I do have to mention the brakes. Velotric went with unbranded mechanical disc brakes on the Discover 1 rather than more expensive and better hydraulic brakes. The brakes are my only real complaint on this otherwise excellent bike.

For starters, the front brakes were extremely tight out of the box, so they barely worked. I had to make a few manual adjustments, which is fine, but not everyone will have the know-how to do such a task. I had to manually unscrew and realign the brake caliper, but it worked fine after that.

And that’s the best way to describe the front and the rear brakes; they’re fine. Nothing spectacular, or even solid, but not awful either. I do wish the brakes had better stopping power and didn’t feel so squishy. Hydraulic disc brakes offer a better experience, and I’d love to see Shimano brand brakes to match the derailleur. Maybe we’ll get that on the next model.

The Discover 1 has a lot to offer at this price point, and hydraulic brakes would have made it cost more, or cut into margins, so it makes sense. However, when you can easily go upwards of 20+ mph, the brakes are one of those areas that should have no compromises.

Battery Life & Charging

Velotric ebike charging port
Cory Gunther / Review Geek

Velotric claims this bike can go around 60 miles on a single charge thanks to the large 48V (692 Wh) battery, which is more range than most of the competition, especially at this price. Obviously, your mileage may vary depending on throttle usage and the driving or road conditions. At full level 3 assist, you’ll run out of battery quicker, but that’s to be expected.

On my first full charge and discharge, I did a combination of all three pedal assist levels, some regular pedaling, and managed to go nearly 41 miles before it was nearly out of battery. That’s seriously impressive. I’d expect that with the lowest setting, but considering how much I abused it, went off-road, and went over 29MPH on the highest throttle level, it’s hard to argue with those results.

Regarding the battery, Veoltric uses LG/Samsung certified, Tesla-grade 21700 battery cells and even received a UL 2849 e-bike safety standard certification. This essentially means the electrical components, battery, and charging system all meet strict standards, can handle vibrations from the road, and are of high quality. It’s nice to see, again, at this affordable price point.

Additionally, the Discover 1 comes with a fast 48V 3-amp charger that’s faster than you’d expect to get from a “budget” e-bike. The company website says it’ll fully charge in about six hours, which was precisely my experience. It reached 100% in just under six hours.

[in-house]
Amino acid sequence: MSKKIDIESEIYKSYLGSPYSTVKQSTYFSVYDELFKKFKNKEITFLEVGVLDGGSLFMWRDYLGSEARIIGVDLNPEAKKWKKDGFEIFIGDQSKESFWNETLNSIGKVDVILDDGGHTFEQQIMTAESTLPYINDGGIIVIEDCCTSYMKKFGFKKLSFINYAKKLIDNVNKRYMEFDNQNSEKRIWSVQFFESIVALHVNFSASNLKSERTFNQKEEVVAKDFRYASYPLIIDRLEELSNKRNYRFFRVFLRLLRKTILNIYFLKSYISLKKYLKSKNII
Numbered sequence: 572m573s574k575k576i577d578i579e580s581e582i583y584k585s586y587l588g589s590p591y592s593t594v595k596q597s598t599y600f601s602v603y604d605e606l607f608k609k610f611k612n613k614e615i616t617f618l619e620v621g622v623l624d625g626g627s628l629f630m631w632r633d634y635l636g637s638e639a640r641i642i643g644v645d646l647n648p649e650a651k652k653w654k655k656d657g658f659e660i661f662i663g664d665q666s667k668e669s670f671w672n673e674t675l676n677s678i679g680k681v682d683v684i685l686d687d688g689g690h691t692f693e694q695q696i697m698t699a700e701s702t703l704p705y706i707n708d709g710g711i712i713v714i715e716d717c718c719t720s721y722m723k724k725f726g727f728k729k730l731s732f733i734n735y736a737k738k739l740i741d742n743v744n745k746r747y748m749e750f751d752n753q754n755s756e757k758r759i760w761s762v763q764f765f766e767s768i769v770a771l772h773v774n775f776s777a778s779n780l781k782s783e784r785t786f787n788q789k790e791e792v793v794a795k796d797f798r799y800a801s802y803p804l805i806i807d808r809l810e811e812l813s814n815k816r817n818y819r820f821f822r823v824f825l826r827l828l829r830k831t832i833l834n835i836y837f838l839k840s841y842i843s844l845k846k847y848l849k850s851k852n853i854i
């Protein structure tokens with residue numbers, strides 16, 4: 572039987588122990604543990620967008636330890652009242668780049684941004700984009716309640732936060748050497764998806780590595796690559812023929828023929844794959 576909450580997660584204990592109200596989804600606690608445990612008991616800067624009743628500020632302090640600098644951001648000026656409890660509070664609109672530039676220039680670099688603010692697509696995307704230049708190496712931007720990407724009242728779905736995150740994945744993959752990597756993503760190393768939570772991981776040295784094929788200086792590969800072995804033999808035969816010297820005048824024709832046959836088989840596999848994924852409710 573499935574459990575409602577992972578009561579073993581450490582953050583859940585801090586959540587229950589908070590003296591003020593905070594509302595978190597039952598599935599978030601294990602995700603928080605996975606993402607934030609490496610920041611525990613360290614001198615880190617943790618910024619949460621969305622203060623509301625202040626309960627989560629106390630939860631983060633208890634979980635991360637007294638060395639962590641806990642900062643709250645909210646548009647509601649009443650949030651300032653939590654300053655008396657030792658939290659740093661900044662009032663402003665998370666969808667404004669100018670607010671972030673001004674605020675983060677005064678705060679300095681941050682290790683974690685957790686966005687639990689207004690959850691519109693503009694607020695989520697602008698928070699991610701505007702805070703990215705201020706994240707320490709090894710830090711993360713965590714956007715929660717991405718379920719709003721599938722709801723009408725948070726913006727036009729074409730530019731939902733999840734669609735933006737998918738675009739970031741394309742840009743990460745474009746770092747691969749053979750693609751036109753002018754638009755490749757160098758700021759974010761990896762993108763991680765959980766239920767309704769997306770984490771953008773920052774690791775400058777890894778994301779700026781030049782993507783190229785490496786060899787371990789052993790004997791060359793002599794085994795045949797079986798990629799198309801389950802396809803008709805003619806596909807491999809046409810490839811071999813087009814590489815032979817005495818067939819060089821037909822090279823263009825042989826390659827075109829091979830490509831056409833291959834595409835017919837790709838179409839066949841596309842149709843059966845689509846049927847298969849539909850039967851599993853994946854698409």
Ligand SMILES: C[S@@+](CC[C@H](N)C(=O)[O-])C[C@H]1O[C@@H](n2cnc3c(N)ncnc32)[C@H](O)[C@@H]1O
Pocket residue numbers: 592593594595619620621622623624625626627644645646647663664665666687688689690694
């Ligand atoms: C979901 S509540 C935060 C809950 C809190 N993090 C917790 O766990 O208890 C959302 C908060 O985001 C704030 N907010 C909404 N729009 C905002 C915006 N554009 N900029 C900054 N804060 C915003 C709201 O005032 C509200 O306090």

There are keys to lock the battery into the bike, or you can remove it for more effortless charging. That said, the key doesn’t “turn on” the bike like some of the competition, which is a pro and a con. You don’t have to worry about the keys, but then someone could easily ride off with your bike.


Velotric e-bike
Cory Gunther / Review Geek

The Discover 1 checks many boxes that make it an excellent commuter e-bike. It has incredible battery life, plenty of range, fenders and lights to keep you clean and safe during a commute, a cargo rack, and a step-through design. Anyone can hop on and hit the throttle.

More importantly, it’s an absolute blast to ride. We’ve also seen the price dip to $1,399 during the initial launch. At that price, this bike is incredibly tough to beat.

With the Discover 1, Velotric went the extra mile on looks, features, and range, and it shows. Overall, this bike is well made, comfortable, stylish with five colors to choose from, and accommodates riders from 5’1 to 6’4 tall. As the company promised, it’s an excellent and affordable commuter e-bike that anyone can enjoy.

Rating: 8/10
Price: $1,899

Here’s What We Like

  • Stylish and clean design
  • Affordable price point
  • Front and rear lights
  • Comfy ride position

And What We Don't

  • Heavy at over 64 lbs
  • Poor mechanical disc brakes
  • Only 3 pedal assist levels

Cory Gunther Cory Gunther
Cory Gunther has been writing about phones, Android, cars, and technology in general for over a decade. He's a staff writer for Review Geek covering roundups, EVs, and news. He's previously written for GottaBeMobile, SlashGear, AndroidCentral, and InputMag, and he's written over 9,000 articles. Read Full Bio »